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Title: Handling the intangible : the protection of folk song traditions in Korea.
Author: Maliangkay, Roald Heber.
ISNI:       0000 0001 2462 2144
Awarding Body: School of Oriental and African Studies (University of London)
Current Institution: SOAS, University of London
Date of Award: 1999
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This thesis is a study of how the South Korean government has tried to protect folksong traditions by designating them as Chungyo mUhyong munhwajae (Important Intangible Cultural Properties), a category of national treasures, and by regulating the transmission of these through the appointment of poyuja ("holders"). In 1962, the South Korean government promulgated the Munhwajae pohopop (Law for the Protection of Cultural Properties) on the basis of which a system was set up to protect and promote both so-called "tangible" (yuhyong) and "intangible" (muhyong) cultural properties. The law stipulated that in order to regulate the decision-making process, a committee was to be formed out of specialists of different fields of study, the Munhwajae wiwonhoe (Cultural Properties Committee; hereafter CPC). The CPC subsequently sent its members all over the country to survey and write reports on cultural items, and on the basis of these reports, it could decide to appoint cultural items as national treasures. In this thesis, I show how the system was set up, how the protection of these Intangible Cultural Properties is managed, and what factors have affected the decision-making process. Chapter 1 examines the state of folk arts in Korea after the Pacific War, and the social conditions at the time of the enactment of the Law. It also briefly looks into what its impact has been to date. I define the system's theoretical scope and highlight its limiting factors. Chapter 2 discusses the terminology for Korean folksongs and describes the songs' general characteristics. In chapter 3, I give a historical account of the protection of Korean cultural properties by law. I also examine the current law's main stipulations and explain how the system is institutionalised. Chapter 4 studies the government reports on which the appointments of intangible cultural properties are based and discusses their flaws. Besides the legal criteria, and those generally agreed upon by the CPC members, it looks into what other criteria may affect the appointment of folksong genres. Chapter 5 focuses on the appointed folksong genres, and their "holders," from the province surrounding the capital Seoul, the Kyonggi minyo (Folksongs from Kyonggi Province) and Sonsori sant'aryong (Standing Mountain Songs) respectively. Chapter 6 studies the appointed folksong genre from the now North Korean Hwanghae and P'yongan provinces, the Sodo sori (Folksongs from the Northwestern Provinces), as well as the "one-man opera" Paebaengi kut (Ritual for Paebaengi). Chapter 7 briefly considers the remaining four appointed folksong genres from other provinces in South Korea and highlights the main issues regarding their transmission. In the final chapter, I conclude that although the system has been successful in promoting many traditions, it has so far failed to fully preserve the appointed folksong traditions.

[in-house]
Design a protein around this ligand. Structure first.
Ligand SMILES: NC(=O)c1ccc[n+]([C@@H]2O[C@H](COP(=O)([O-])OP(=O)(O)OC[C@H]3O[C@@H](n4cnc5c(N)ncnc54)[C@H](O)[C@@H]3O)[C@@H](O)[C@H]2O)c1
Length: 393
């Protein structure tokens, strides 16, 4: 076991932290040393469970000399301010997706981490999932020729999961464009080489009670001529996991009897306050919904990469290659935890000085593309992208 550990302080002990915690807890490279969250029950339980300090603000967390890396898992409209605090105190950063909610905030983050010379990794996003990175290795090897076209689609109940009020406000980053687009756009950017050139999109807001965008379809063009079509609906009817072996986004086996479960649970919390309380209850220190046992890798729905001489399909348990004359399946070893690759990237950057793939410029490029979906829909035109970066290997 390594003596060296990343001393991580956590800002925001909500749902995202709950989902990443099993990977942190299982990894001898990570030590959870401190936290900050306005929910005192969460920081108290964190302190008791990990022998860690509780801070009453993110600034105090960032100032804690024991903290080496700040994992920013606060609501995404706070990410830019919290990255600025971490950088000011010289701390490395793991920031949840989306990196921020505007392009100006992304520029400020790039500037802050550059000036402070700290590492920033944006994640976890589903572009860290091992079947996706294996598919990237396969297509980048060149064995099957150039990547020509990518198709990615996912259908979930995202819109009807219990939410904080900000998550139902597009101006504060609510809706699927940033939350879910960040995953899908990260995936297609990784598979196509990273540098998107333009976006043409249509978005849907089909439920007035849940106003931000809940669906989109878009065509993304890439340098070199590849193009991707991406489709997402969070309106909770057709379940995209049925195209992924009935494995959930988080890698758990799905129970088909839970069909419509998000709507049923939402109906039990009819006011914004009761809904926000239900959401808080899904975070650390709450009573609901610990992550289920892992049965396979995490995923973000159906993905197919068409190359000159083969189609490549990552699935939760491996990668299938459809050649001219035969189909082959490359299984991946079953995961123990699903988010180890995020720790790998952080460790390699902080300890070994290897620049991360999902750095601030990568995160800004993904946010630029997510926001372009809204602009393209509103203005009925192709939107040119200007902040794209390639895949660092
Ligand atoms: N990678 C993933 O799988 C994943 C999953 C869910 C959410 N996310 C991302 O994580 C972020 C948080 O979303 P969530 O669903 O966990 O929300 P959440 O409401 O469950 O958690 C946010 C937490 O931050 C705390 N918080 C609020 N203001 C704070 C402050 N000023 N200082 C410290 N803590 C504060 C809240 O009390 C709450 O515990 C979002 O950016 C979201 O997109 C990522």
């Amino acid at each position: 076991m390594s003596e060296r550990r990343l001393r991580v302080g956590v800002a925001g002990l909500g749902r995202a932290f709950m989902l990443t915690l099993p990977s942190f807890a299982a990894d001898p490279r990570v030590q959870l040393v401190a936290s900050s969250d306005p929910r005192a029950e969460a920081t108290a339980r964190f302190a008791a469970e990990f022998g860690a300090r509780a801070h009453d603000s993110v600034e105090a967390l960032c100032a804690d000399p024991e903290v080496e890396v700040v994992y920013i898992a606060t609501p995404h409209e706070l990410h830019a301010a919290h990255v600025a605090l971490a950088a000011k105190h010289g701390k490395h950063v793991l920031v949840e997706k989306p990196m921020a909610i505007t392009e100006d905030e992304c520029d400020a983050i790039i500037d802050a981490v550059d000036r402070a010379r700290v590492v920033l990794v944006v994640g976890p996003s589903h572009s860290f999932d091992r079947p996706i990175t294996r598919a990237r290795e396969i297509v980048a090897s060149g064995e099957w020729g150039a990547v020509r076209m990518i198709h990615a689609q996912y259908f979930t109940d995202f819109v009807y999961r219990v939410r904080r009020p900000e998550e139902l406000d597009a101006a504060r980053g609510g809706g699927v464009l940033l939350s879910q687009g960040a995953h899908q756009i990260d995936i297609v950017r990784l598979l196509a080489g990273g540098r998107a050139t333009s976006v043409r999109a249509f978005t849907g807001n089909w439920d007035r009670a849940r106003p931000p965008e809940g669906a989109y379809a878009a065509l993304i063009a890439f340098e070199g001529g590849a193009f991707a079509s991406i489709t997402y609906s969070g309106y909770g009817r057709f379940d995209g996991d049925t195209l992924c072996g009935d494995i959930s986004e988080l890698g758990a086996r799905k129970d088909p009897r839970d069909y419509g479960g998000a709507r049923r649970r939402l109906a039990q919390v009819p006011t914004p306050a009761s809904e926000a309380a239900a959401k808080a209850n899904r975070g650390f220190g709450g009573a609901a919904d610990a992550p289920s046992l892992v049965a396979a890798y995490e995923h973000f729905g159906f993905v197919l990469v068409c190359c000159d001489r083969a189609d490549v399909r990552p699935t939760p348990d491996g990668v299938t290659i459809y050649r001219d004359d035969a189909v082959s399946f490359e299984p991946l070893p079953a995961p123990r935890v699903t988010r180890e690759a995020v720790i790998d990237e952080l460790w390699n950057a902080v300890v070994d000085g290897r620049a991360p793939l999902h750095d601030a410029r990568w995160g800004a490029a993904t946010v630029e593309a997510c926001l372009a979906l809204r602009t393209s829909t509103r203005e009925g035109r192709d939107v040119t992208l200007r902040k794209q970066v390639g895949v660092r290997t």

Supervisor: Not available Sponsor: Not available
Qualification Name: Thesis (Ph.D.) Qualification Level: Doctoral
EThOS ID:  DOI: Not available